As the coronavirus crisis continues to unfold, World Health Organisation (WHO) has used the term ‘pandemic’ for the first time. What does this upgrade mean and is it cause for worry? TOI explains
How ‘pandemic’ is different from ‘epidemic’
Before WHO’s announcement on Wednesday, the Covid-19 outbreak was described as an epidemic. WHO defines an epidemic as “occurrence in a community or region of cases of an illness clearly in excess of normal expectancy”. This was the case until January when most coronavirus patients were being reported from China. By February, the virus had gained foothold in all continents except Antarctica, inching closer to the definition of a pandemic. A pandemic is “an epidemic occurring worldwide, or over a very wide area, crossing international boundaries and usually affecting a large number of people, according to ‘A Dictionary of Epidemiology’, the standard reference for epidemiologists.
But there isn’t a fixed definition of a pandemic based on mortality or number of cases. Previously, in 2009, WHO had declared H1N1 (swine flu) which infected 24% of world’s population as a pandemic. Experts agree that an outbreak needs to fulfil three main criteria to be called a pandemic – it has to be a new virus, it should be capable of person-to-person spread, and it should show sustained local transmission in new regions.
Why it took so long for WHO to upgrade Covid-19’s status?
Long before WHO upgraded Covid-19’s status from epidemic to pandemic, public health experts had been arguing that the world was already experiencing a pandemic. Even as cases spiralled in Europe, Middle East and the US, WHO director-general Dr Tedros Adhanom Ghebreyesus stopped short of calling coronavirus a pandemic earlier this week. Instead, he said that the “threat of a pandemic has become very real”. Two days later, on Wednesday, the agency declared it had made the assessment that Covid-19 can be characterised as a pandemic.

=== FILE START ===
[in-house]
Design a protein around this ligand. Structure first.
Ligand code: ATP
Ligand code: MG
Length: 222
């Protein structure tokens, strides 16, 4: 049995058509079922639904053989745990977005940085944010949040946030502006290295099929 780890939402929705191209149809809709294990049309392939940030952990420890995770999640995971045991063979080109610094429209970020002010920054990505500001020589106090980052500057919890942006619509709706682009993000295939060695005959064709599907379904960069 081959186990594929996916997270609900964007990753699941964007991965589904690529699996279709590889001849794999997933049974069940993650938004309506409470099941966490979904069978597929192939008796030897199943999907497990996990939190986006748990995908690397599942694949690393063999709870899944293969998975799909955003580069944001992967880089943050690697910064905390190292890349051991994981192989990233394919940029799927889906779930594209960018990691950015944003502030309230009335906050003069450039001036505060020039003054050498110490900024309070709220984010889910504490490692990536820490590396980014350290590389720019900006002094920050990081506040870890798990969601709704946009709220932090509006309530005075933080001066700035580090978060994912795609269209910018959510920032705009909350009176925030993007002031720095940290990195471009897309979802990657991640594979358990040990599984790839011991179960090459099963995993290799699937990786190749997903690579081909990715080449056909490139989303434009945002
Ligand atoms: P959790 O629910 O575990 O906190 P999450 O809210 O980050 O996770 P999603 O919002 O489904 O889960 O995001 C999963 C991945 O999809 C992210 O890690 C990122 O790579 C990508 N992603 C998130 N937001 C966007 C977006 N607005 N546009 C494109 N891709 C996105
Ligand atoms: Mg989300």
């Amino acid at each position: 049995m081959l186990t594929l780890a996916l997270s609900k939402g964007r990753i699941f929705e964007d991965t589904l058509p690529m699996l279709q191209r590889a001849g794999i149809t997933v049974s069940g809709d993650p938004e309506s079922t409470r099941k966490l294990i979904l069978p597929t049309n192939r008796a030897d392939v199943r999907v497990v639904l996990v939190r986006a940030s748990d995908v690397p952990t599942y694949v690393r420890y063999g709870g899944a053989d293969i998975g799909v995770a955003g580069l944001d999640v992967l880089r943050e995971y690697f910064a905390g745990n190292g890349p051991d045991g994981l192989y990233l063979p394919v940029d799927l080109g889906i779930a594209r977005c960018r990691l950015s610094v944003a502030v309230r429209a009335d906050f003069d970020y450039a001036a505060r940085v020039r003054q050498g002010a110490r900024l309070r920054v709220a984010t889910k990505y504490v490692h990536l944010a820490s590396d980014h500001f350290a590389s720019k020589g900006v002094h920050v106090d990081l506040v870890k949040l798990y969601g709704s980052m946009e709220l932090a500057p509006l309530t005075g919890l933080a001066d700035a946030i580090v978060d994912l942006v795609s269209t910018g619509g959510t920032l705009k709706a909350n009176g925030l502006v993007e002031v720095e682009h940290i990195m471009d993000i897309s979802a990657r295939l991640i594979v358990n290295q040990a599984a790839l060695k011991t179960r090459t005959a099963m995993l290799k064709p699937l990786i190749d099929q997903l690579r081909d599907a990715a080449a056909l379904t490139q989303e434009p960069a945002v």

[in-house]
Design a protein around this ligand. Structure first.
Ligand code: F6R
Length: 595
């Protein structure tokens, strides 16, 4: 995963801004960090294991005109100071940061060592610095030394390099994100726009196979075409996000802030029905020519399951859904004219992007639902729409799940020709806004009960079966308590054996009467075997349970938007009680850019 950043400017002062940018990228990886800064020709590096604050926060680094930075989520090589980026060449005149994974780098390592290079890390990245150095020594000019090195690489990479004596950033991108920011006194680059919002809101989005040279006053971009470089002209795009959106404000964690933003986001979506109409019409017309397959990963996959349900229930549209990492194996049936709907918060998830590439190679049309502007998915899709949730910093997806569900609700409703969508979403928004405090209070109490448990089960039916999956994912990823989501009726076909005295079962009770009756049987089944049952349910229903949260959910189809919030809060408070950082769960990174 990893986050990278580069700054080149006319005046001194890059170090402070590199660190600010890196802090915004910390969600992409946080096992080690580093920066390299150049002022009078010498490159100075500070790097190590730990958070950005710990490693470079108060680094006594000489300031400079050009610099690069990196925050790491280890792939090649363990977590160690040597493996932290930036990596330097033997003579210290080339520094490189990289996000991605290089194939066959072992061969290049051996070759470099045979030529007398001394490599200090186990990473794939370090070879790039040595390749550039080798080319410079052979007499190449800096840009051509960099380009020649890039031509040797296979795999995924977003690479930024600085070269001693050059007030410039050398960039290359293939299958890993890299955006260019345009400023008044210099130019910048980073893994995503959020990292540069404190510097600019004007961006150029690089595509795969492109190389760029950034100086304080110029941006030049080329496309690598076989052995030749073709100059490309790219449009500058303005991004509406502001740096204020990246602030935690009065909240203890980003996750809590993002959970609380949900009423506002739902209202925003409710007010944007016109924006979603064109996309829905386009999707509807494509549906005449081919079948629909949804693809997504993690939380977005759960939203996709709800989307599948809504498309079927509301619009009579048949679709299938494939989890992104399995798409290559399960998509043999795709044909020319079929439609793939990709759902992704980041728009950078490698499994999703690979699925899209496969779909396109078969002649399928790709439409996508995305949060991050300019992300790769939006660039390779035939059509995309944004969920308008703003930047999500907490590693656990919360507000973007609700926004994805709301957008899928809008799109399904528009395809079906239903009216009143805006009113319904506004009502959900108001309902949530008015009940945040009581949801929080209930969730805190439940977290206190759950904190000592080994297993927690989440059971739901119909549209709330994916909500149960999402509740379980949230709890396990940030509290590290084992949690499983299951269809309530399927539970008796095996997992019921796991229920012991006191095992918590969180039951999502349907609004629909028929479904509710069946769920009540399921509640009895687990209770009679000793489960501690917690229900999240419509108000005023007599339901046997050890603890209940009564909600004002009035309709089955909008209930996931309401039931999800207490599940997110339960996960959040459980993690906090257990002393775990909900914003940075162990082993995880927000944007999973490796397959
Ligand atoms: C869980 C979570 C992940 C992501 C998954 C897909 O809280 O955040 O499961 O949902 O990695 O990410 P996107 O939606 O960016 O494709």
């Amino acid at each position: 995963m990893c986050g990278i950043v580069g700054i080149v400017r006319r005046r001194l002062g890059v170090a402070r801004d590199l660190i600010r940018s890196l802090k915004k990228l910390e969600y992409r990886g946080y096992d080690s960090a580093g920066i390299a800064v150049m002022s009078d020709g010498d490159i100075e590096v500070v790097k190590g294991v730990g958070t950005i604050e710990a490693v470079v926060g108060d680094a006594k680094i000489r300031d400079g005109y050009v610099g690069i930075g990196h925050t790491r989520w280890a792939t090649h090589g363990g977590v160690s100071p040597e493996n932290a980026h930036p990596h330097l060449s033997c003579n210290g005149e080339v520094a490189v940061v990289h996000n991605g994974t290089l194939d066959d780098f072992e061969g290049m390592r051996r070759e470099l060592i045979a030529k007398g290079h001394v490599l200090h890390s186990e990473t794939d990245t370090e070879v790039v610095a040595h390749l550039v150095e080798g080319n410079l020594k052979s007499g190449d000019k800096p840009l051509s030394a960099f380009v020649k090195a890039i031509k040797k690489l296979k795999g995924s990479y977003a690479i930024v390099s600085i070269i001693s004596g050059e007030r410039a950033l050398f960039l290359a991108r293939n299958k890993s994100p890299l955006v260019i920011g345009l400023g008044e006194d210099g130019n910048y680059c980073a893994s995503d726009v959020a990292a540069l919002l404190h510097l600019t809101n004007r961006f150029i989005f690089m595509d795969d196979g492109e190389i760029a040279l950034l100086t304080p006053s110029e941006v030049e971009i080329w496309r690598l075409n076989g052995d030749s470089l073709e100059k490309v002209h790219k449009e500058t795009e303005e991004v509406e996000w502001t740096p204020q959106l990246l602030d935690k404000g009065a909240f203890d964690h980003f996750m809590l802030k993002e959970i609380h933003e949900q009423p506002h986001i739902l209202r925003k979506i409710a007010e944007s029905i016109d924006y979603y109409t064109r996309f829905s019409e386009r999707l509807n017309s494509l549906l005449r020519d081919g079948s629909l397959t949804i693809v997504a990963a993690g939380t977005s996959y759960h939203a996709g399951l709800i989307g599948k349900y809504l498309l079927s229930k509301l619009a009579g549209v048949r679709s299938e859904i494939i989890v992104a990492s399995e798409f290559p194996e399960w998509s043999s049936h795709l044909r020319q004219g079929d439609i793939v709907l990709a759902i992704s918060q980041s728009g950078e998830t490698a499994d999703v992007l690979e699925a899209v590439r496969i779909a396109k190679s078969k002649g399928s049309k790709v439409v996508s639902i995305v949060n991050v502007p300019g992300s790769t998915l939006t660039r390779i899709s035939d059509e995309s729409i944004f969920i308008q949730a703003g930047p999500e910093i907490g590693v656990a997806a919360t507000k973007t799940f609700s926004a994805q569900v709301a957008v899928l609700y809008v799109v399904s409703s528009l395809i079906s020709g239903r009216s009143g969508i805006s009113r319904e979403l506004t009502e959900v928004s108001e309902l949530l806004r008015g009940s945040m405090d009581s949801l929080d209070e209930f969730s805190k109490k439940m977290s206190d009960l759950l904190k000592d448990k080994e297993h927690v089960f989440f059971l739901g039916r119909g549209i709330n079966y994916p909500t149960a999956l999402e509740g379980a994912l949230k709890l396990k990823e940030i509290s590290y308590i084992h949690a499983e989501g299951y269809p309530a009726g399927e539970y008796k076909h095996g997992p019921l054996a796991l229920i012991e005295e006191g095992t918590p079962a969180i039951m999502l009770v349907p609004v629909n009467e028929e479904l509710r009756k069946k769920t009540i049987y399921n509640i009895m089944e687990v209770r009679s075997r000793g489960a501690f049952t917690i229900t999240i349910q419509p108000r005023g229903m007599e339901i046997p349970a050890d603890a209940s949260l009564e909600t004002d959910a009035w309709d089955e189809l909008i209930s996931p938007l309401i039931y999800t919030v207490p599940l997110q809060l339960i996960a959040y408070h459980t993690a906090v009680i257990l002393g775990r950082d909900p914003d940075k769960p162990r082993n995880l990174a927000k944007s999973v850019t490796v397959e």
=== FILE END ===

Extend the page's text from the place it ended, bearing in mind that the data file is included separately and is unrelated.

Does pandemic status mean the virus has become more deadly?
No. Pandemic has nothing to do with severity of the illness; it’s about how many parts of the world are dealing with it. According to the World Health Organisation, “Describing the situation as a pandemic does not change WHO’s assessment of the threat posed by this virus. It doesn’t change what WHO is doing, and it doesn’t change what countries should do.” Changing the definition from an epidemic to pandemic is essentially a call for cooperation and action to all countries.
Can a pandemic be stopped?
This one can, WHO believes. It has pointed out that this is the first pandemic caused by a coronavirus and the first ever that can actually be controlled. “All countries can still change the course of this pandemic…If countries detect, test, treat, isolate, trace and mobilise their people in the response, those with a handful of cases can prevent those cases becoming clusters, and those clusters becoming community transmission. Several countries have demonstrated that this virus can be suppressed and controlled.-Times Of India